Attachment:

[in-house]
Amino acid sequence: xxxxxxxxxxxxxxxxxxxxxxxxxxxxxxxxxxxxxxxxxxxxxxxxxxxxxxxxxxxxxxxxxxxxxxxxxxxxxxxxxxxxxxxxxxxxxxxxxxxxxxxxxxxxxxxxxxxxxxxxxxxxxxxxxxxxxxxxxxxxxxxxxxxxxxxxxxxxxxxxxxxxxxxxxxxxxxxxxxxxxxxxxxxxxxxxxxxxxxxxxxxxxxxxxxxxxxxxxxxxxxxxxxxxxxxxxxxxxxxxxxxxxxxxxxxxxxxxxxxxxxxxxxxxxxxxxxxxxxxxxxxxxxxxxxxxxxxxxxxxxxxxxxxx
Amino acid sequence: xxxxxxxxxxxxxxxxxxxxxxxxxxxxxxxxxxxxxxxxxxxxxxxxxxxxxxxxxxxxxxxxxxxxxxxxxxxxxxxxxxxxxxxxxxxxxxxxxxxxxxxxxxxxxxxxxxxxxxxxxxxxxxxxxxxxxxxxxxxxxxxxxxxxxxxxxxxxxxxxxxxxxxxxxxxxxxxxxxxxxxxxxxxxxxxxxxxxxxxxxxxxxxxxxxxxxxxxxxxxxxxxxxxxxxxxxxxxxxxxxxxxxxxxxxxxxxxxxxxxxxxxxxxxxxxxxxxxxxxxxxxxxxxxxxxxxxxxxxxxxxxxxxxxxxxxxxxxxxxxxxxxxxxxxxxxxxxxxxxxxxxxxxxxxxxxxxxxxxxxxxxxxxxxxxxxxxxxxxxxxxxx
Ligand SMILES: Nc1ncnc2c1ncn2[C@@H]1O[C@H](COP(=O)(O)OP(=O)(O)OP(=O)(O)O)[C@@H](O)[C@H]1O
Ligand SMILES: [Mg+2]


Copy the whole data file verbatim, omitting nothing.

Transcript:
[in-house]
Amino acid sequence: xxxxxxxxxxxxxxxxxxxxxxxxxxxxxxxxxxxxxxxxxxxxxxxxxxxxxxxxxxxxxxxxxxxxxxxxxxxxxxxxxxxxxxxxxxxxxxxxxxxxxxxxxxxxxxxxxxxxxxxxxxxxxxxxxxxxxxxxxxxxxxxxxxxxxxxxxxxxxxxxxxxxxxxxxxxxxxxxxxxxxxxxxxxxxxxxxxxxxxxxxxxxxxxxxxxxxxxxxxxxxxxxxxxxxxxxxxxxxxxxxxxxxxxxxxxxxxxxxxxxxxxxxxxxxxxxxxxxxxxxxxxxxxxxxxxxxxxxxxxxxxxxxxxx
Amino acid sequence: xxxxxxxxxxxxxxxxxxxxxxxxxxxxxxxxxxxxxxxxxxxxxxxxxxxxxxxxxxxxxxxxxxxxxxxxxxxxxxxxxxxxxxxxxxxxxxxxxxxxxxxxxxxxxxxxxxxxxxxxxxxxxxxxxxxxxxxxxxxxxxxxxxxxxxxxxxxxxxxxxxxxxxxxxxxxxxxxxxxxxxxxxxxxxxxxxxxxxxxxxxxxxxxxxxxxxxxxxxxxxxxxxxxxxxxxxxxxxxxxxxxxxxxxxxxxxxxxxxxxxxxxxxxxxxxxxxxxxxxxxxxxxxxxxxxxxxxxxxxxxxxxxxxxxxxxxxxxxxxxxxxxxxxxxxxxxxxxxxxxxxxxxxxxxxxxxxxxxxxxxxxxxxxxxxxxxxxxxxxxxxxx
Ligand SMILES: Nc1ncnc2c1ncn2[C@@H]1O[C@H](COP(=O)(O)OP(=O)(O)OP(=O)(O)O)[C@@H](O)[C@H]1O
Ligand SMILES: [Mg+2]